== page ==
Incontri ad Eèa, curated by Federica Forti, Alessandro Buganza ed Ezster Csillag, Frontone, Ponza.
Benning Arnold and his boat Riduna
Jenny and I
loved our grandfather the one we knew, the one who was alive, who lived
on a boat, as far as we were concerned, in the harbour of Alderney, one
of the Channel Islands.
We used to
see him when we went to Alderney in a tiny biplane, just big enough for
our family for the summer holidays. He took us onto his boat and let us
suck the sweet condensed milk that he put in his tea straight out of a
hole in the tin. He had the bluest eyes either of us had ever seen, blue
like the sea on a sunny day. Maybe we thought his eyes were so blue
because he lived in the sea, or very near to it.
when we were very young. When our mother came to tell us he was dead we
beat our pillows with our fists and howled. After a few minute I looked
up and saw tears on my mother's cheeks. “You're crying” I said “Well he
was my father” she said.
Arnold's father was an old man when he married a second time after his
first wife died. His second wife was from Guernsey in the Channel
Islands and she used to return to Alderney, another Channel Island,
every year to paint watercolours of the flowers, rocks and sea. She had
two boys, Benning and Claude, who she took with her when they were old
One year in
March she was travelling with her sons as usual on the boat to
Guernsey. From there she would take another boat to Alderney. The
crossing took all night and the passengers ( all of them or some of
them?) slept in cabins. She put her two sons to bed, then went to bed
herself. It was a foggy night. Two ferries made the trip together,
racing to see which could reach Guernsey harbour first. There was only
room for one ferry in the harbour in Guernsey, so the ferry that arrived
second had to wait outside the harbour for the first one to unload
passengers and merchandise and leave the harbour before they could
enter, and loss of time meant loss of profit, so the two boats always
raced, even on nights like this, with a thick fog that muffled the sound
of the lighthouse on the Casquettes, those terrible rocks that had
claimed so many ships and lives.
should have slowed down, but the profit motive was/is stronger than
anything, stronger than any thought for the safety of the passengers,
even of the ship. By the time they heard the foghorn they were too near
the Casquettes to stop. Maybe they even hit the rocks before they heard
sounded. Passengers rushed towards the boats. Benning's mother struggled
to dress her two boys, leave the cabin and climb the stairs to the
deck. By the time she reached the deck, all the boats had been lowered
and the ship was about to tilt up and slide into the sea. Too late to
save herself or both her sons, she stuffed a football under Benning's
pullover, hoping to save at least one of them. The ship slipped down
like a diver plunging into the sea, smoothly, noiselessly, taking its
remaining passengers down with it. Only Benning remained afoat, with his
It was March and the sea was very cold. Many of the
passengers who came to the surface and stayed afoot, died from the cold.
But Benning stayed afloat and managed to scramble onto an upturned
lifeboat, together with other passengers. Eventually the lifeboat was
turned over by a storm surge and they climbed inside. He spent more than
forty hours shivering and drenched in this lifeboat until they arrived
on the coast of France.
The day I
saw the photos of my grandfather before and after the shipwreck I felt
grief welling up in me, threatening to burst out in a stream of tears.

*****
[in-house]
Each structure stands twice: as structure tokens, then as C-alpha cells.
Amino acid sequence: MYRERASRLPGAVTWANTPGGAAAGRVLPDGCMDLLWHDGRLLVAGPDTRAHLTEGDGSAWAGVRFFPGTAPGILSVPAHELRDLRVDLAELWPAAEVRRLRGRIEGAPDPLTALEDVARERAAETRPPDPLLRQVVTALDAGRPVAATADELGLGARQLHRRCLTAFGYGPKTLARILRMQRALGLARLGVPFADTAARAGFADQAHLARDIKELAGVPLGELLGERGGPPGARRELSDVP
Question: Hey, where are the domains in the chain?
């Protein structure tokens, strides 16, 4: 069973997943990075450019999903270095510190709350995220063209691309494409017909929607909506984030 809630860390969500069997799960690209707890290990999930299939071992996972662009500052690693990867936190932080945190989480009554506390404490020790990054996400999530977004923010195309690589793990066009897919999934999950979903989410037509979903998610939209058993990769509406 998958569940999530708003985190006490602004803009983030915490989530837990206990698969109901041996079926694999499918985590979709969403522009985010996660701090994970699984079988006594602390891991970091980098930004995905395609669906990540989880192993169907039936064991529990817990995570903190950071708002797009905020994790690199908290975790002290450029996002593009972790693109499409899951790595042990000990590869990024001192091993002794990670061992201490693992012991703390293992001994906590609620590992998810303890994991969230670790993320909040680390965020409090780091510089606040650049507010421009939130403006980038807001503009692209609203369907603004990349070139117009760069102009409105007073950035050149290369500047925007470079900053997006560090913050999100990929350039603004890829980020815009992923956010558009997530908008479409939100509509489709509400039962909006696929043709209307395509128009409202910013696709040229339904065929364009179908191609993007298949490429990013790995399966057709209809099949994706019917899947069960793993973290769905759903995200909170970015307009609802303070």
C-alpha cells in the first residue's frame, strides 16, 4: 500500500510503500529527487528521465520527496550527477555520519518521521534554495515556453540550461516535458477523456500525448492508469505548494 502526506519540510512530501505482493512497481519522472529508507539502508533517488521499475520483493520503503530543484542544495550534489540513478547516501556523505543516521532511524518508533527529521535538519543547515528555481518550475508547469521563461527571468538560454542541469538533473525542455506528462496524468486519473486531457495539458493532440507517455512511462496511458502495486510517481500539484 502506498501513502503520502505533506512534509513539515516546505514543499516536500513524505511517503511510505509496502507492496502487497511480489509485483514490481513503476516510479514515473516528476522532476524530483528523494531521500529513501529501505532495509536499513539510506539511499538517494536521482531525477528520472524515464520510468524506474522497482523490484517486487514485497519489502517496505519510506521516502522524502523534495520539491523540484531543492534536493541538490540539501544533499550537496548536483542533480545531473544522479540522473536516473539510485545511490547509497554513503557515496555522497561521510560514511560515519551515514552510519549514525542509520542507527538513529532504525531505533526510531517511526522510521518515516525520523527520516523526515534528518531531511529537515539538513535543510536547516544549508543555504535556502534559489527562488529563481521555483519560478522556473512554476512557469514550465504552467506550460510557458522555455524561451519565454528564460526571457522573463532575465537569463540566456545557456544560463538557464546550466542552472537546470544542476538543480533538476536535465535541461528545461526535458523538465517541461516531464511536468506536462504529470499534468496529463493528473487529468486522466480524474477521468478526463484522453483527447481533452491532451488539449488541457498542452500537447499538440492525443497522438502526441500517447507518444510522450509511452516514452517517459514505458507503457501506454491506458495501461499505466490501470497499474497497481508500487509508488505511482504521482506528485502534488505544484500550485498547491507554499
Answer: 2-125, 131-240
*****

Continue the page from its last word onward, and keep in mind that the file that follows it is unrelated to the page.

His bright, sparkling eyes before the wreck had changed into the
beautiful, sad, blue eys that I remembered so well. My mother remembered
him as moody and withdrawn. I remembered him as gentle and kind. Benning
always wanted a sea going boat but his father forebade it absolutely
and he was allowed a small river boat to sail the inland waterways. But
when his father died he inherited a vast fortune and went out and bought
a sea going yacht. He took it to Alderney, where he would sail whenever
had had the opportunity. If a storm brewed up he sailed out to sea. He
was shipwrecked three times and each time he replaced the boat. The
first was called Riduna, the second Riduna 2, the third Riduna 3.
married Elsie and they had five children. She put a stop to further
children by putting a piece of linoleum between the two beds, or so she
said for linoleum is very cold under bare feet, especially in the
winter. He became house master of one of the houses at Bradfield
College, a boy's Public School in Berkshire, where he taught
mathematics. He lost most of his fortune through unwise investments but
he always had a sea going yacht and after he retired he bought a litte
house, Red Tiles, on a desolate stretch of land in Alderney, behind the
concrete wall built by the Germans during the second world war. The
other side of the wall was Longy Bay with its island, Ratz Island that
we used to call Rat island.
used to take us to Alderney in the summer holidays to stay in Red Tiles
and visit my grandfather, when he was alive. It wasn't easy for her,
with five small children, staying in a house a mile away from the town,
walking with the children, one in a pram, all the way to St Annes to buy
food, in the sun, in the rain, wind blowing, children wailing, running
off or dragging their feet.
not a pretty island. It's a barren, treeless rock, covered in grass,
bracken, gorse and a few flowers. It is also covered in second world war
German concrete bunkers and fortresses.
mother insisted on going there every year, sitting in a hole in the
concete sea wall behind Longy Bay to keep out of the wind while we
played in the sand and the rock pools. I never understood what the
attraction was until I saw the video of the dive to the wreck of the
Stella. Then I understood. Just as our grandfather was drawn to the sea
surrounding the island, we were drawn to the island itself.